SAN ANGELO (AP) - As a prophet of his polygamist sect, Warren Jeffs documented everything he did, keeping track of every marriage he performed, every young woman he wed, and even recording his intimate moments.
It was those meticulous records — including an audiotape of what prosecutors said was him sexually assaulting a 12-year-old girl he’d taken as a bride — that helped authorities secure two child sex assault convictions against the 55-year-old ecclesiastical head of the Fundamentalist Church of Jesus Christ of Latter Day Saints.
Now, prosecutors hope those same records will help bring a life prison sentence to a man regarded by his followers as God’s spokesman on Earth. The West Texas jurors who convicted Jeffs will begin determining his appropriate punishment on Friday, and they’ll hear evidence about scores of alleged crimes not mentioned during his trial.
For starters, Jeffs had 78 wives in addition to his legal spouse, and 24 of them were under age 17, said Eric Nichols, lead prosecutor for the Texas Attorney General’s office, which is handling the case. Nichols also said he would show that Jeffs committed six other sexual assaults and either witnessed or performed more than 500 polygamist marriages, as well as 67 other sect marriages involving underage girls.
Jeffs spent years evading arrest, crisscrossing the country as a fugitive who eventually made the FBI’s Ten Most Wanted list before his capture in 2006. He excommunicated 60 church members he saw as a threat to his leadership, breaking up 300 families while stripping them of property and “reassigning” wives and children, Nichols said.
All of that is separate from the criminal charges on which he was convicted Thursday. Jurors deliberated for 3 1/2 hours before finding Jeffs guilty of sexually assaulting two girls, ages 12 and 15, whom he’d wed during what his sect considers “spiritual marriages.”
Prosecutors used DNA evidence to show Jeffs fathered a child with the older victim and played an audio recording of what they said was him sexually assaulting the younger girl. They played other tapes in which Jeffs was heard instructing as many as a dozen of his young wives on how to please him sexually — and thus, he told them, please God.
“You might have asked yourselves … a lot of people may ask, why would someone record sex?” Nichols told jurors during closing arguments. “This individual considers himself to be the prophet. Everything he did, hour after hour, he was required to keep a record of that.”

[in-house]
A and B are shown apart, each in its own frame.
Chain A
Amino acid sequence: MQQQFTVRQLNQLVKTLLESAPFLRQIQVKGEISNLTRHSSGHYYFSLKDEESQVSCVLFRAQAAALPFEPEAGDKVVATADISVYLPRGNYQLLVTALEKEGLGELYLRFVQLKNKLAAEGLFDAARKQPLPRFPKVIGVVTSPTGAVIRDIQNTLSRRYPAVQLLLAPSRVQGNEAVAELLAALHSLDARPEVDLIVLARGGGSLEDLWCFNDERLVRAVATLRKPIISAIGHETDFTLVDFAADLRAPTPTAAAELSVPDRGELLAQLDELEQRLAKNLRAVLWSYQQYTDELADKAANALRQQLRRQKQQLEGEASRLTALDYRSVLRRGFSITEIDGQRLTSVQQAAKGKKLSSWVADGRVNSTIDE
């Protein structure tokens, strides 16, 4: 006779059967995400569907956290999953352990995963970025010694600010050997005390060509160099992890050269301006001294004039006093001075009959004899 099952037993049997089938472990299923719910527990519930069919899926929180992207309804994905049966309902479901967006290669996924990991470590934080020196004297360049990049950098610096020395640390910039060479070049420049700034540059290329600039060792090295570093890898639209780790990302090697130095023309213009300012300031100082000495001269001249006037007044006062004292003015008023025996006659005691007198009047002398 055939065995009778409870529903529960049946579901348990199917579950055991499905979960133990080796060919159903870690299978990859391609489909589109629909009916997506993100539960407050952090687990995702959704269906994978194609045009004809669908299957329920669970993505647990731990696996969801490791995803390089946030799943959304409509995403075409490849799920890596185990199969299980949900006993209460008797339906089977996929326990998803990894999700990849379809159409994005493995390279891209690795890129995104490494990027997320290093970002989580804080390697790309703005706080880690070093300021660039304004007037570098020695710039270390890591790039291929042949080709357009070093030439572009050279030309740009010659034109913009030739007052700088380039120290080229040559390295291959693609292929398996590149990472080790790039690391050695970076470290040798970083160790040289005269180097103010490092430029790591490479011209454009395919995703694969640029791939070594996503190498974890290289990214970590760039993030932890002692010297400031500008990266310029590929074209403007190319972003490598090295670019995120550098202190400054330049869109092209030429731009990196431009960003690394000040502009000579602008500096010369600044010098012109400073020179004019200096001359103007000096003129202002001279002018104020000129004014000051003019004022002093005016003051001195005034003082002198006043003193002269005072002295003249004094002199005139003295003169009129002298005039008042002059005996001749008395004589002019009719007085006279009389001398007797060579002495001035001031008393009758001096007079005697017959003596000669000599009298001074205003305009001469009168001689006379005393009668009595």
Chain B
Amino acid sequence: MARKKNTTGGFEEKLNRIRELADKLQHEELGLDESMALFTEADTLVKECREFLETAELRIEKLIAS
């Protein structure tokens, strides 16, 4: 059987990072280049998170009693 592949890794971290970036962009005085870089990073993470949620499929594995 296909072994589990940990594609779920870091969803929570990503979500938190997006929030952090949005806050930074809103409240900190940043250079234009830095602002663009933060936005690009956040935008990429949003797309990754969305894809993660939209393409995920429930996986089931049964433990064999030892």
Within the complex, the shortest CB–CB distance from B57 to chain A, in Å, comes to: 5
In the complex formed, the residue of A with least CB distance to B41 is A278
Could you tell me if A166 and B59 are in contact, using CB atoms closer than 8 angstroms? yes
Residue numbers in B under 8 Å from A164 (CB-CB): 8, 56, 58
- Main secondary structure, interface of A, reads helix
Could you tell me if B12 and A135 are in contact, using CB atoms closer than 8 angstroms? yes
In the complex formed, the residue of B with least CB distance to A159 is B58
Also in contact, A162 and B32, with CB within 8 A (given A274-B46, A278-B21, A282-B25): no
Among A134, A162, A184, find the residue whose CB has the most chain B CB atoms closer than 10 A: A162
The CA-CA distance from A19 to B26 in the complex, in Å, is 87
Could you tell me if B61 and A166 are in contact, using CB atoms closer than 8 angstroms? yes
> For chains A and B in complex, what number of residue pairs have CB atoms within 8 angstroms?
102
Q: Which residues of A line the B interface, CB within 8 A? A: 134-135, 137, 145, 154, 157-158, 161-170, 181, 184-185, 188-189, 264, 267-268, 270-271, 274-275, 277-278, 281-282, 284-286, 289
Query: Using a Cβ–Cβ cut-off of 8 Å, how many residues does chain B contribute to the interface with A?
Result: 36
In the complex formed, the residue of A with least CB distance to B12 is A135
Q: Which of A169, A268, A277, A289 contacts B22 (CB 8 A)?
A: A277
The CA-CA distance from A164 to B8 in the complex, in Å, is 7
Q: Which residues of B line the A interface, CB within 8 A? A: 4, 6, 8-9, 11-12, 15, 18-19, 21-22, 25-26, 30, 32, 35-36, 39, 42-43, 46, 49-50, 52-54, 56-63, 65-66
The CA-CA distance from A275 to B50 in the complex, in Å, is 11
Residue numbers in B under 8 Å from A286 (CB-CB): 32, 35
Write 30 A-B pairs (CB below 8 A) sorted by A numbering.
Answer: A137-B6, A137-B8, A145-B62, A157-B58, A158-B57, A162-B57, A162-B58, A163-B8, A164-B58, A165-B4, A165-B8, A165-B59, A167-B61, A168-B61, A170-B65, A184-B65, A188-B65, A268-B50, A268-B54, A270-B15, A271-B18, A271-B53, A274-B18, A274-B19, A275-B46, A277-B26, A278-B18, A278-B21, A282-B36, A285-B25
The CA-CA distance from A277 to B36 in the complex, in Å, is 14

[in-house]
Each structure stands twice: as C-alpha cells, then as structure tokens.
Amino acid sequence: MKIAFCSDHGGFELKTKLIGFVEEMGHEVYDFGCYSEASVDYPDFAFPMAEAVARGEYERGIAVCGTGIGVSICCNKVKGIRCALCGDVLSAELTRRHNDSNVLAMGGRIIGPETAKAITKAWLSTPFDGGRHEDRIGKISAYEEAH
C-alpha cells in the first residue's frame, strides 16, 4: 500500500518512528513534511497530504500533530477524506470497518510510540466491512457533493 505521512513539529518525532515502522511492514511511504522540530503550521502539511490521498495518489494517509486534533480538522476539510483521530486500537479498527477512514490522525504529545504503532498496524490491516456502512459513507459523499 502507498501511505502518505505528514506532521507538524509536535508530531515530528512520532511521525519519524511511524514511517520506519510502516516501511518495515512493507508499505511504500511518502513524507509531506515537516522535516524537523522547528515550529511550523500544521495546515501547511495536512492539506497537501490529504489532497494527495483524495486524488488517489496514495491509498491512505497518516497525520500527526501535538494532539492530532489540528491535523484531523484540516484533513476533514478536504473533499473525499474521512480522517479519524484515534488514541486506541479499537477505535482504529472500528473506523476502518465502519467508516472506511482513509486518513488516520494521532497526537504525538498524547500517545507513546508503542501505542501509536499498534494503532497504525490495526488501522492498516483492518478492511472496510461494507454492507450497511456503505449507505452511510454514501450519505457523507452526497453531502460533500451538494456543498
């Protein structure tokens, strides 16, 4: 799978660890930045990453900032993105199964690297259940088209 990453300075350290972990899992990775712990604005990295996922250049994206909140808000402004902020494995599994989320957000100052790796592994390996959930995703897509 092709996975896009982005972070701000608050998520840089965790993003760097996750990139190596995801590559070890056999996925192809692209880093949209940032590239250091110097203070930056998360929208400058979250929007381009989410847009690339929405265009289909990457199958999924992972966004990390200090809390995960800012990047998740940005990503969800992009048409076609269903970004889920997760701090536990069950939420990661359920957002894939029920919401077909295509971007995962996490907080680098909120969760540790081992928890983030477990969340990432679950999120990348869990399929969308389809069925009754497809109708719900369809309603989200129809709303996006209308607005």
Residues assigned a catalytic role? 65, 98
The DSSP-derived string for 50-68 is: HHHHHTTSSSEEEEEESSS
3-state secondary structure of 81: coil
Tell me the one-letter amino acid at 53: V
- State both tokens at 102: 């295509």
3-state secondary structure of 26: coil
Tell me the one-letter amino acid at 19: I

Jeffs’ sect has more than 10,000 members nationwide who believe polygamy brings exaltation in heaven.
Both victims entered into unions with Jeffs willingly, and did not participate in the trial against him. But Nichols said in his closing statement that the crimes were so egregious that under Texas law, convictions did not require the victim to bring charges.
Jeffs burned through seven lawyers in six months, then insisted on representing himself after jury selection last week — turning a high-profile case into what felt at times like a surreal religious revival.
He quoted God as threatening all involved with a Biblical scourge if the case wasn’t halted immediately, then later filed an unsuccessful motion to remove state District Judge Barbara Walther from the case, saying the Lord visited him in his jail cell and said Walther was afflicted from a crippling disease that would soon kill her. The judge suffered polio as a child and walks with a limp.
Jeffs stood almost completely mute during his closing argument, staring at the floor for all but a few seconds of the half hour he was allotted. He finally turned and looked toward prosecutors and the jury, most of whom avoided direct eye contact with him. “I am at peace” he mumbled, then said no more. The only noise in the courtroom was the creaking of wooden benches brimming with spectators.
Jeffs had claimed his religious rights were being trampled after police raided his sect’s remote Texas compound, called Yearning For Zion, in April 2008. They found women wearing frontier-style dresses and hairdos from the 19th century and saw underage girls who were clearly pregnant.
The call to an abuse hotline that spurred the raid turned out to be a hoax, and more than 400 children who had been placed in protective custody were eventually returned to their families. But authorities found a small mountain of documents, including hundreds and hundreds of pages of Jeffs’ personal journals, which he called his “Priesthood record.”
That helped bring sexual assault and bigamy charges against a dozen men from the sect. All seven of those who were prosecuted before Jeffs were convicted, and they received prison sentences of between six and 75 years.
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